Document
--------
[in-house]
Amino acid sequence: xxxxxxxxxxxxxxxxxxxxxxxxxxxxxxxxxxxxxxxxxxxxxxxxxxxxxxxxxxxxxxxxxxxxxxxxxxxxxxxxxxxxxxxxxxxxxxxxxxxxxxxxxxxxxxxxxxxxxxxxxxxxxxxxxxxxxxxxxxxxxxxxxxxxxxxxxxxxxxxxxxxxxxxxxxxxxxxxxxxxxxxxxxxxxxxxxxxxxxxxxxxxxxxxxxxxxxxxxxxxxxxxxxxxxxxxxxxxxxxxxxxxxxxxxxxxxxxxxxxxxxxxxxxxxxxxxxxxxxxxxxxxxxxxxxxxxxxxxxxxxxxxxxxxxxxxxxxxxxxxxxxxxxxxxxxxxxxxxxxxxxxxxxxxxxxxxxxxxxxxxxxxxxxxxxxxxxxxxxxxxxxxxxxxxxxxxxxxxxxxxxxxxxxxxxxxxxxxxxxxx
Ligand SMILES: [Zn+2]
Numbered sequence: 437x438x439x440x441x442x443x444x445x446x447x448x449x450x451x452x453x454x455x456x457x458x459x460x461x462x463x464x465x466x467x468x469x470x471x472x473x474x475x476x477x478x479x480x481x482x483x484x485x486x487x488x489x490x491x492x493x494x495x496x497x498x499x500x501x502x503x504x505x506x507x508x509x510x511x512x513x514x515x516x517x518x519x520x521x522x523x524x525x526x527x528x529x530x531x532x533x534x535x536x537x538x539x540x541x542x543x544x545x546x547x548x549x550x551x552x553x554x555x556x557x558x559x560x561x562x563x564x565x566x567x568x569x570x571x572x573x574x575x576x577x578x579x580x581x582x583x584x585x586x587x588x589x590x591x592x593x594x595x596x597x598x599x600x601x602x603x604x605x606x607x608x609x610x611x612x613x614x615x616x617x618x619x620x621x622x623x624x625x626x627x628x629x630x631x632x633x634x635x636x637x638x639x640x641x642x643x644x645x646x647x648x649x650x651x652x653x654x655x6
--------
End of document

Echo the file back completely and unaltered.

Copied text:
[in-house]
Amino acid sequence: xxxxxxxxxxxxxxxxxxxxxxxxxxxxxxxxxxxxxxxxxxxxxxxxxxxxxxxxxxxxxxxxxxxxxxxxxxxxxxxxxxxxxxxxxxxxxxxxxxxxxxxxxxxxxxxxxxxxxxxxxxxxxxxxxxxxxxxxxxxxxxxxxxxxxxxxxxxxxxxxxxxxxxxxxxxxxxxxxxxxxxxxxxxxxxxxxxxxxxxxxxxxxxxxxxxxxxxxxxxxxxxxxxxxxxxxxxxxxxxxxxxxxxxxxxxxxxxxxxxxxxxxxxxxxxxxxxxxxxxxxxxxxxxxxxxxxxxxxxxxxxxxxxxxxxxxxxxxxxxxxxxxxxxxxxxxxxxxxxxxxxxxxxxxxxxxxxxxxxxxxxxxxxxxxxxxxxxxxxxxxxxxxxxxxxxxxxxxxxxxxxxxxxxxxxxxxxxxxxxxx
Ligand SMILES: [Zn+2]
Numbered sequence: 437x438x439x440x441x442x443x444x445x446x447x448x449x450x451x452x453x454x455x456x457x458x459x460x461x462x463x464x465x466x467x468x469x470x471x472x473x474x475x476x477x478x479x480x481x482x483x484x485x486x487x488x489x490x491x492x493x494x495x496x497x498x499x500x501x502x503x504x505x506x507x508x509x510x511x512x513x514x515x516x517x518x519x520x521x522x523x524x525x526x527x528x529x530x531x532x533x534x535x536x537x538x539x540x541x542x543x544x545x546x547x548x549x550x551x552x553x554x555x556x557x558x559x560x561x562x563x564x565x566x567x568x569x570x571x572x573x574x575x576x577x578x579x580x581x582x583x584x585x586x587x588x589x590x591x592x593x594x595x596x597x598x599x600x601x602x603x604x605x606x607x608x609x610x611x612x613x614x615x616x617x618x619x620x621x622x623x624x625x626x627x628x629x630x631x632x633x634x635x636x637x638x639x640x641x642x643x644x645x646x647x648x649x650x651x652x653x654x655x6